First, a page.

(The entire section is 7169 words.)

Dorothy Mermin (Essay Date 1993)

(Feminism in Literature)

SOURCE: Mermin, Dorothy. “Entering the Literary Market.” In Godiva's Ride: Women of Letters in England, 1830-1880, pp. 43-59. Bloomington, Ind.: Indiana University Press, 1993.

In the following essay, Mermin describes the subject matter and other literary elements that defined the novels of nineteenth-century women authors.

The pleasures fame brought women writers show not only the gap between premonitory terror and a realized fact but also changes occurring in the literary world. It has been estimated that half the novels published in England in the eighteenth century were written by women, but the prestige of the genre...

(The entire section is 9023 words.)

Rennie Simson (Essay Date 1986)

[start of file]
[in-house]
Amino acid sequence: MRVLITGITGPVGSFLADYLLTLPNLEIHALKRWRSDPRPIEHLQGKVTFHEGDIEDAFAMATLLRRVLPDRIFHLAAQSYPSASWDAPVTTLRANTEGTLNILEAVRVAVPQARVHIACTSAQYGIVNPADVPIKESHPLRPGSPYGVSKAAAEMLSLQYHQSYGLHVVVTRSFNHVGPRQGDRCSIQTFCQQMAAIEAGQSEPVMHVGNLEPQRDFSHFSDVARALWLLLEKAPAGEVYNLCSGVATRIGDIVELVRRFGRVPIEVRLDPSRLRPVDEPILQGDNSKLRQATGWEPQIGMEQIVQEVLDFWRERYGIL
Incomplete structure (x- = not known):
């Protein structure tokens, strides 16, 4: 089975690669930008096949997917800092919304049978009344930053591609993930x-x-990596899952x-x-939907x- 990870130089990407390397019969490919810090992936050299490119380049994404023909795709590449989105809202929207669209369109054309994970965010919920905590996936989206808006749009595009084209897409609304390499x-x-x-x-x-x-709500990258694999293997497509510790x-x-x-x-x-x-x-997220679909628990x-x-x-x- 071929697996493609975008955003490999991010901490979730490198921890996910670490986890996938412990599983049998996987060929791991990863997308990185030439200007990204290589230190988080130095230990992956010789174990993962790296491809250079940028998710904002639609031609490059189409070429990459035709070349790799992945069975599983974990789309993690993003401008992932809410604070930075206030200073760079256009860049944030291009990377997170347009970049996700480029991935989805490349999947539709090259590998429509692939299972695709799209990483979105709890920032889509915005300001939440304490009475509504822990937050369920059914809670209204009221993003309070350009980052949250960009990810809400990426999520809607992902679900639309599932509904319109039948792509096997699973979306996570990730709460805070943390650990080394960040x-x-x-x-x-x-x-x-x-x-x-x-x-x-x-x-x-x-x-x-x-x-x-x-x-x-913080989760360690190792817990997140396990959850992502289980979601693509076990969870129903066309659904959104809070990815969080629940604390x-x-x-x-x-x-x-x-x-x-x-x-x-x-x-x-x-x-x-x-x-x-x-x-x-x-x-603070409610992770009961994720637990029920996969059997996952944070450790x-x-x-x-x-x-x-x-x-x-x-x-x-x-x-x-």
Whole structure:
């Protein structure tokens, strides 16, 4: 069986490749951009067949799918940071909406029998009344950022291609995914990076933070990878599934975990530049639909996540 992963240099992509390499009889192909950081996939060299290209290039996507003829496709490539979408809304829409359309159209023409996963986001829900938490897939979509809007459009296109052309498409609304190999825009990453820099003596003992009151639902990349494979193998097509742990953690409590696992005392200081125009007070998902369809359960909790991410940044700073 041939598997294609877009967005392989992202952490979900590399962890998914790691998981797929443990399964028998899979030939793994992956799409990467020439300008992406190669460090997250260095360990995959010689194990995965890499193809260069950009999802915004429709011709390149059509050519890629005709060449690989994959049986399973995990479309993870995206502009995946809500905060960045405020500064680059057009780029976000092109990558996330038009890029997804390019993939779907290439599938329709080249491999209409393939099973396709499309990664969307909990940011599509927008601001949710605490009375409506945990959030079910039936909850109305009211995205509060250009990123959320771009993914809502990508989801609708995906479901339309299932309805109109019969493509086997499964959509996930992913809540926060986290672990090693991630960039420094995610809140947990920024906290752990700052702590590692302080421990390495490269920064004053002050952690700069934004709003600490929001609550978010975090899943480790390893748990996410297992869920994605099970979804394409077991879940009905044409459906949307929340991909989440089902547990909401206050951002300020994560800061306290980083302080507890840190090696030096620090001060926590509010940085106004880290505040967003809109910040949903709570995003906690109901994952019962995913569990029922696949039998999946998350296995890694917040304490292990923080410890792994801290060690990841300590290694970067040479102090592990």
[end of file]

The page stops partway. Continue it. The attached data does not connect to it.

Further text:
(Feminism in Literature)

SOURCE: Simson, Rennie. "Afro-American Poets of the Nineteenth Century." In Nineteenth-Century Women...

(The entire section is 4456 words.)

Susan Coultrap-Mcquin (Essay Date 1990)

(Feminism in Literature)

Coultrap-McQuin, Susan. "Why Try a Writing Career?: The Ambiguous Cultural Context for Women Writers of the...

(The entire section is 6067 words.)

Marjorie Pryse (Essay Date 1997)

(Feminism in Literature)

SOURCE: Pryse, Marjorie. "Origins of American Literary Regionalism: Gender in Irving, Stowe, and...

(The entire section is 10239 words.)

Lyde Cullen Sizer (Essay Date 2000)

(Feminism in Literature)

SOURCE: Sizer, Lyde Cullen. "Introduction: My Sphere Rounds Out: Northern Women and the Written War,...

(The entire section is 7891 words.)

Elaine Showalter (Essay Date 1977)

(Feminism in Literature)

SOURCE: Showalter, Elaine. "The Double Critical Standard and the Feminine Novel." In A Literature of...

(The entire section is 8455 words.)

Albert C. Sears (Essay Date Spring-Summer 2000)